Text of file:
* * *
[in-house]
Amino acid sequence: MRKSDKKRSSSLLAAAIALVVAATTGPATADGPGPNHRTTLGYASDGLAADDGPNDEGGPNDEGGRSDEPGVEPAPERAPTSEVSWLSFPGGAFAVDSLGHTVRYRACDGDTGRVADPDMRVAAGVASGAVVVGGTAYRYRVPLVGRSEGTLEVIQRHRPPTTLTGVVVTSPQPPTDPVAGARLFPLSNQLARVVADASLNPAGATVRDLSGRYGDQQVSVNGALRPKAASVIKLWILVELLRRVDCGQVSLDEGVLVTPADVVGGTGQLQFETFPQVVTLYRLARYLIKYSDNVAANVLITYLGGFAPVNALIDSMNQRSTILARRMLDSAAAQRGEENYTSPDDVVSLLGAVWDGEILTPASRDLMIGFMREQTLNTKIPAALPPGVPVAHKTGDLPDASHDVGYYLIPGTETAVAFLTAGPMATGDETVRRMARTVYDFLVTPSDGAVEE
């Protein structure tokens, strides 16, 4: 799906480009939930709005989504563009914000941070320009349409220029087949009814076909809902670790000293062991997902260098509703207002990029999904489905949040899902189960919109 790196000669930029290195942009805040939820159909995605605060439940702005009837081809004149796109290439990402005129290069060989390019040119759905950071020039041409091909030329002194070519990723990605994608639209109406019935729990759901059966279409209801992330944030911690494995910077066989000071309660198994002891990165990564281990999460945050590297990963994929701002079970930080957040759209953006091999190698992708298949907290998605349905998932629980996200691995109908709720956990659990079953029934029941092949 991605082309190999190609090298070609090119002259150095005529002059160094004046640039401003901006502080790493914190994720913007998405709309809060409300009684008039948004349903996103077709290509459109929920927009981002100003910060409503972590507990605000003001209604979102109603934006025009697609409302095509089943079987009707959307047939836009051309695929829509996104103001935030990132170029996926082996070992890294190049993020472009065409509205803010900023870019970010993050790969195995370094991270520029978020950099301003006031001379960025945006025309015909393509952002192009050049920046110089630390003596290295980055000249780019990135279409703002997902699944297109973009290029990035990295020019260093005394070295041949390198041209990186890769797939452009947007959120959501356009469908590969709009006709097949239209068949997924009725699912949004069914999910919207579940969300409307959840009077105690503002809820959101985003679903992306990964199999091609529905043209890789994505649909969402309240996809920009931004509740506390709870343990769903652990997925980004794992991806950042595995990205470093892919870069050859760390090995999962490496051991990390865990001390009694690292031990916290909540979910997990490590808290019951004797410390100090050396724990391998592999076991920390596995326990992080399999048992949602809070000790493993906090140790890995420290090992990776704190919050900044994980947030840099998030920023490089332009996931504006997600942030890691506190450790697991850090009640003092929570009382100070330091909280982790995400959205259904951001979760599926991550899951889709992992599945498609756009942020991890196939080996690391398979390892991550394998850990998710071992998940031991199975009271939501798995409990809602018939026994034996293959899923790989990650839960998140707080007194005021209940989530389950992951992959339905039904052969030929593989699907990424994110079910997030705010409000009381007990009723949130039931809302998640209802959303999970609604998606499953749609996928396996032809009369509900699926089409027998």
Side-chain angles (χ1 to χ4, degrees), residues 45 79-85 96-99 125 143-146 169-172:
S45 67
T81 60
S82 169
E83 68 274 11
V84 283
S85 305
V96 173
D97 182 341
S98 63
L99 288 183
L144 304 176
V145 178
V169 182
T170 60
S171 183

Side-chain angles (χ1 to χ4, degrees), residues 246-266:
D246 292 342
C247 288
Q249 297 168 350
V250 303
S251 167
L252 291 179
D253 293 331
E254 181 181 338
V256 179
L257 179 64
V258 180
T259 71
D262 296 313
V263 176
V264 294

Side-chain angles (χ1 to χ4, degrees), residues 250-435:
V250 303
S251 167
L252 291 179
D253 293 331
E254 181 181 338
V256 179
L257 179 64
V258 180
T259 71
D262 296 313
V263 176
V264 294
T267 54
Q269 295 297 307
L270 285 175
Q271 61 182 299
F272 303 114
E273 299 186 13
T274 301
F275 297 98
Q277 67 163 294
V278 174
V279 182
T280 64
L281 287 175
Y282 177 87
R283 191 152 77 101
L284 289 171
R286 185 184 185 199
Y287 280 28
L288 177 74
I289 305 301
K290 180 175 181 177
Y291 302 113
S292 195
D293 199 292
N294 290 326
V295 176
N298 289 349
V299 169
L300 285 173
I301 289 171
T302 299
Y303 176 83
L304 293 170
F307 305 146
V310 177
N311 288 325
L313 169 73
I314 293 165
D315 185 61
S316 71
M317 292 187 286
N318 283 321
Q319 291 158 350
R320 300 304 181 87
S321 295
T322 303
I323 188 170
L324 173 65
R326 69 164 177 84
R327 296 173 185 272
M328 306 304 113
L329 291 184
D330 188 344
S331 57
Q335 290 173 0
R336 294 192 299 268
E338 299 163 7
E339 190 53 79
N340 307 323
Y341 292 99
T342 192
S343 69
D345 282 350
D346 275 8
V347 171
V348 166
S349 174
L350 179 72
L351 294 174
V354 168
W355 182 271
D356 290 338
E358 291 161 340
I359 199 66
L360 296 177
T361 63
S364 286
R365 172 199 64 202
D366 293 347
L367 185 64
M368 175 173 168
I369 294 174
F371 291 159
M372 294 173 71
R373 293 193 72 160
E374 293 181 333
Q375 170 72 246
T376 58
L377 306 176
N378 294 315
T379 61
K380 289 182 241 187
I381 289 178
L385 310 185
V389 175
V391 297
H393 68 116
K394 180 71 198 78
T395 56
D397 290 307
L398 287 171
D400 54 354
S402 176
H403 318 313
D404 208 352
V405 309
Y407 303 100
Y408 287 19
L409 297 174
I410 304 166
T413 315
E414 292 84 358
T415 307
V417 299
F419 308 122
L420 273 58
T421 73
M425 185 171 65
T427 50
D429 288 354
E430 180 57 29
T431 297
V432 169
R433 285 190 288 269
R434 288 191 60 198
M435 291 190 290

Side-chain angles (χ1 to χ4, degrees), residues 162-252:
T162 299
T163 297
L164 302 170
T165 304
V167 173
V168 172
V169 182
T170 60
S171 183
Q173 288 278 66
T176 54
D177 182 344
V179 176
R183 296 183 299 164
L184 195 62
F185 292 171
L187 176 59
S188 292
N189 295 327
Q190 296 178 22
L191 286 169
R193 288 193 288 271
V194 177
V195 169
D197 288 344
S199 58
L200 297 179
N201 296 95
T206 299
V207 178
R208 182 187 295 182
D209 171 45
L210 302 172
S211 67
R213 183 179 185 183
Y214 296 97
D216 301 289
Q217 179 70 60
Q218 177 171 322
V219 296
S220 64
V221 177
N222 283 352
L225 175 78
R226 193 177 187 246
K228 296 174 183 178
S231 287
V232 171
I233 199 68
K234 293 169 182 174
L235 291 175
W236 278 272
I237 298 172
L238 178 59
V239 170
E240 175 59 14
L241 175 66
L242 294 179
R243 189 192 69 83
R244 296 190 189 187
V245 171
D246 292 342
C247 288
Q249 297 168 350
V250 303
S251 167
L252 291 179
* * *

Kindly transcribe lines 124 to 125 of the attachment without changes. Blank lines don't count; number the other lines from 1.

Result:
T361 63
S364 286